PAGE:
Going For A Song: The Curious Case Of The Tune That Wasn’t.

A genuine Blue Note mystery from LJC reader Markus S, and his copy of Blue Hour – Stanley Turrentine with The Three Sounds BLP 4057 (1961)

Selection: Please Send Me Someone To Love (Mayfield)

.  .   .

Stanley Turrentine, tenor saxophone; Gene Harris, piano; Andrew Simpkins. bass; Bill Dowdy, drums; recorded Rudy Van Gelder Studio, Englewood Cliffs, NJ, recorded December 16, 1960, released February 1961.


Subject music already posted a few years back, no need to repeat the review. This mystery takes a different turn.

Vinyl 4057 :    W63i, dg, P, RVGs

Cohen: 1st edition – W63i, dg, P, RVGs

Note: Side One Track One on label and jacket, Please Send Me Someone To Love (Percy Mayfield)’ You will need to remember this.

Another auction copy: same original pressing characteristics, same Percy Mayfield song Track 1, different water stains on the cover.

The song Please Send Me Someone To Love was written by Percy Mayfield, rhythm-and-blues singer with a smooth vocal style, recorded  in 1950 for Art Rupe’s Specialty Records. It was in the R&B chart for 27 weeks and reached the number one position, Mayfield’s biggest R&B hit.

Over the following decade the song was still earning Mayfield royalties through numerous cover versions, notably including  Dinah Washington 1951

and crooner-heart-throb, Pat Boone 1957:

More covers followed: The Moonglows 1957, Roy Hamilton 1959, Lloyd Price 1960, each time you get the tune, Percy got the royalties.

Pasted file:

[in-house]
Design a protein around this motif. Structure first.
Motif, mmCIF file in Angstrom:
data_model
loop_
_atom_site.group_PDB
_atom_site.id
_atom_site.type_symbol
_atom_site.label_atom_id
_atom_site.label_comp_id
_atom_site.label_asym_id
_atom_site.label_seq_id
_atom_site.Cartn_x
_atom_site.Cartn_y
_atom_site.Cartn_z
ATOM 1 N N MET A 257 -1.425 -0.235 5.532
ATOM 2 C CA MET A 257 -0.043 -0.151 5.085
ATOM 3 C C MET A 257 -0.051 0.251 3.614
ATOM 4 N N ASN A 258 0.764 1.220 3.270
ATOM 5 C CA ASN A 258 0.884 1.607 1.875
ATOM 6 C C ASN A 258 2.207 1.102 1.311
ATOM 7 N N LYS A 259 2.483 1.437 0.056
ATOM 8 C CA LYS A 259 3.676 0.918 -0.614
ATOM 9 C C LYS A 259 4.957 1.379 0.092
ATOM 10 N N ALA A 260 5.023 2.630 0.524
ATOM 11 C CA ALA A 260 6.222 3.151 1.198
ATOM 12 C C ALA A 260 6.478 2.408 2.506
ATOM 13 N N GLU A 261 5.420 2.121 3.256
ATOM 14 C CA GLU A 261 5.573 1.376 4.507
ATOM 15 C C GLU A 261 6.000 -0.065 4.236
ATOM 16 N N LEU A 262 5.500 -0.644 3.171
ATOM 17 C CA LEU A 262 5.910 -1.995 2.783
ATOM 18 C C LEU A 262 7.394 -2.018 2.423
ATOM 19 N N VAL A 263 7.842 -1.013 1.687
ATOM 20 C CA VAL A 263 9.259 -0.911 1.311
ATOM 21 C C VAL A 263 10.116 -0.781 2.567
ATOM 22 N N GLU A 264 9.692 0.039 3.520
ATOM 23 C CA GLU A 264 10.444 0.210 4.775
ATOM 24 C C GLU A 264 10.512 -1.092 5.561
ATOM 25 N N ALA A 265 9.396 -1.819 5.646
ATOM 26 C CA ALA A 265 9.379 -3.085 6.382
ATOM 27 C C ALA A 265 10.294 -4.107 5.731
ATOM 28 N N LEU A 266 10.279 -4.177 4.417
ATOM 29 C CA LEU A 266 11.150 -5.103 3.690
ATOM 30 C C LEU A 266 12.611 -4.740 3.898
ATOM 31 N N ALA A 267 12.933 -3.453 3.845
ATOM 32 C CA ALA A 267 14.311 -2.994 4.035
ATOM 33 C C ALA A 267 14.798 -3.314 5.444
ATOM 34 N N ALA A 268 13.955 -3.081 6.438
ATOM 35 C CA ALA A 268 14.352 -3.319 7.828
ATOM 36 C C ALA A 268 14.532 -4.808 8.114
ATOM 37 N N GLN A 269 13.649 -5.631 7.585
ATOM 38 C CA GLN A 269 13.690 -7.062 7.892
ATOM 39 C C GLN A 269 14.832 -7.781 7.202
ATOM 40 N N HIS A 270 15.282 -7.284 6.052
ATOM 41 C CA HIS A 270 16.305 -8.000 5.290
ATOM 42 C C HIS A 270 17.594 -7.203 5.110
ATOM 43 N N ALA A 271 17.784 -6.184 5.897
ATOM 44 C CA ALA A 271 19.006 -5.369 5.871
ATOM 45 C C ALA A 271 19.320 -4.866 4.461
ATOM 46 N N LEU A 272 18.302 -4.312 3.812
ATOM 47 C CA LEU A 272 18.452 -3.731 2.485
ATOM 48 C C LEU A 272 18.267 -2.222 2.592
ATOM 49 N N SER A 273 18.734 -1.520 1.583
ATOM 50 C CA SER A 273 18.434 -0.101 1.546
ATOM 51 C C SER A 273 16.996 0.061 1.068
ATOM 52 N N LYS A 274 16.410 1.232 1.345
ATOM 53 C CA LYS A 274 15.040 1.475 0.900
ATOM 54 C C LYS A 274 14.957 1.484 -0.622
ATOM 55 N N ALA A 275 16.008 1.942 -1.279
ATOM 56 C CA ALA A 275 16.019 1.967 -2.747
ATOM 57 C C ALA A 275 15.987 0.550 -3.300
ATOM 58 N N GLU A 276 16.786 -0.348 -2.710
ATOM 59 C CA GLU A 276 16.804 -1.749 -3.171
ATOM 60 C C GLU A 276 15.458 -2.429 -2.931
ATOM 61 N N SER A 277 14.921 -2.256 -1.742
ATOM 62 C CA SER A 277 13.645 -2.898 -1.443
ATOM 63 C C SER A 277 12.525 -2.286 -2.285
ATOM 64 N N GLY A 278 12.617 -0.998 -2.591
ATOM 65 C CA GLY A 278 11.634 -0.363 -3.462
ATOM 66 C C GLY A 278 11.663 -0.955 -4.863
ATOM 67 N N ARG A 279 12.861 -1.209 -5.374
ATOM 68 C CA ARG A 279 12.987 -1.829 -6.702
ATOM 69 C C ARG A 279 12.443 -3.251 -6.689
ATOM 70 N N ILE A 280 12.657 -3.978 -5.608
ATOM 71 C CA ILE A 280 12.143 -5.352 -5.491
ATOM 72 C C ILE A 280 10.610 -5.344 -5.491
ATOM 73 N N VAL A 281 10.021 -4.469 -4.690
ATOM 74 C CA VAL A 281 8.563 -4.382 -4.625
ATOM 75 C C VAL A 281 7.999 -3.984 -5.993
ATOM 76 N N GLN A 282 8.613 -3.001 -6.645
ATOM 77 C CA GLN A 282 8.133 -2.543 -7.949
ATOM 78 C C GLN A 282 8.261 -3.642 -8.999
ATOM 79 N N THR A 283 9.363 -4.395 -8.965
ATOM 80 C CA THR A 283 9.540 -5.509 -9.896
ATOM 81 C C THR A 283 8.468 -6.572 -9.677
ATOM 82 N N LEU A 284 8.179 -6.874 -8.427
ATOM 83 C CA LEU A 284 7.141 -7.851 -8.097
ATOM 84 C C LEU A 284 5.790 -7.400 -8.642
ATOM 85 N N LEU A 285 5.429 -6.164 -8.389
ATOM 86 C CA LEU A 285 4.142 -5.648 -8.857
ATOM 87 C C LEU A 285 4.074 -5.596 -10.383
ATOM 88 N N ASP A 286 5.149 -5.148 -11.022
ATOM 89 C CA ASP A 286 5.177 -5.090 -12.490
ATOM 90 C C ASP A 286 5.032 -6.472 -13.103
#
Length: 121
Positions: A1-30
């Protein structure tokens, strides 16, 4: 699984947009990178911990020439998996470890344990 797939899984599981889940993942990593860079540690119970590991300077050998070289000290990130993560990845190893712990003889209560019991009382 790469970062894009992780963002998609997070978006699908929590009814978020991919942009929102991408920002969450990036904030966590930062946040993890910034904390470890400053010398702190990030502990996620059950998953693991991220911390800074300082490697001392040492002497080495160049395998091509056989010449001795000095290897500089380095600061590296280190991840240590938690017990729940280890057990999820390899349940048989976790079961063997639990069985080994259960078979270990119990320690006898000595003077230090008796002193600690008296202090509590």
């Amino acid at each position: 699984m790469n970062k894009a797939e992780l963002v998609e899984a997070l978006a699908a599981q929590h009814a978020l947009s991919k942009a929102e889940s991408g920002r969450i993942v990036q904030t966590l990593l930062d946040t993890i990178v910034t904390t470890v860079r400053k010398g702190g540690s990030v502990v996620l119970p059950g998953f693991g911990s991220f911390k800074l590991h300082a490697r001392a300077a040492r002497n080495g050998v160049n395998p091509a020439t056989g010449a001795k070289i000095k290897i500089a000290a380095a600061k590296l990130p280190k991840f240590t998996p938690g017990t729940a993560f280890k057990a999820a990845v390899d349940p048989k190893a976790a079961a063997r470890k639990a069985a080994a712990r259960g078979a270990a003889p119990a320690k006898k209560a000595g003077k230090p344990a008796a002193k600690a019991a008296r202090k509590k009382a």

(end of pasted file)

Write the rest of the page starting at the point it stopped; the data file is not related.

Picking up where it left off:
Fast forward  to February 1961, the commercial release of BLP 4057 Turrentine and The Three Sounds Blue Hour was imminent. Recording session was held in the run up to Christmas, takes selected, Van Gelder mastering, plating and metal parts completed, Keystone typeset and printed the labels, Plastylite had the first batch of several hundred pressing already completed, promos stamped  ready for despatch. Just one problem. Turrentine and The Three Sounds had opened the album with a cover version of Mayfield’s Please Send Me Someone to Love.

Cue –  Blue Note offices, 47 West 63rd Street, New York,  a frosty February morning, and the order of the day, a business update for Alfred Lion. Morning gentlemen.

Ike Quebec, Blue Note A&R : Gentlemen, we have a problem:  the Turrentine  Blue Hour licensing. Stan and the boys lead with a cover of a that Percy Mayfield hit, Send Me Someone to Love.

Lion: Jah, great tune…schvings good…

Quebec: Mayfield’s agent just called. He says our people need to talk to his people, though I don’t think he means “people”, I think he means lawyers.

Lion: Jah, big difference. We can’t afford a deal with Mayfield’s people at this stage. We already paid Rudy for the session and mastering, Reid for the artwork, the  type and cover fabrication is done, and Plastylite have started pressing.  I heard the lawyers are getting very cute on these plagiarism claims, it’s big money. No way do we go back into the studio for this. Ideas, gentlemen?

Wolff: Alfred, these Blues tunes all sound the same. Three chords.  Change the song name, something obscure, composer probably long gone. Register with the composer’s  widow, grateful for a few cents, may never need to pay out. We salvage all the spend to date, just print fresh labels and liner notes with the new title and credits, get it out. They’ll never know.

Lion: Genius, Francis!  Ike, tell Mayfield’s agent we don’t need a licensing deal. There has been a mistake in the office. Stella in accounts typed the wrong name. Ike, do you have a song credit in mind?

Quebec: Yeah, sure, I think I know just the tune, a thirties tune no-one knows, writers lost in the mists of time.  Leave it to me.

Wolff: What about the 400 copies already pressed in the stockroom upstairs, ready to go to disk jockeys and our distributors?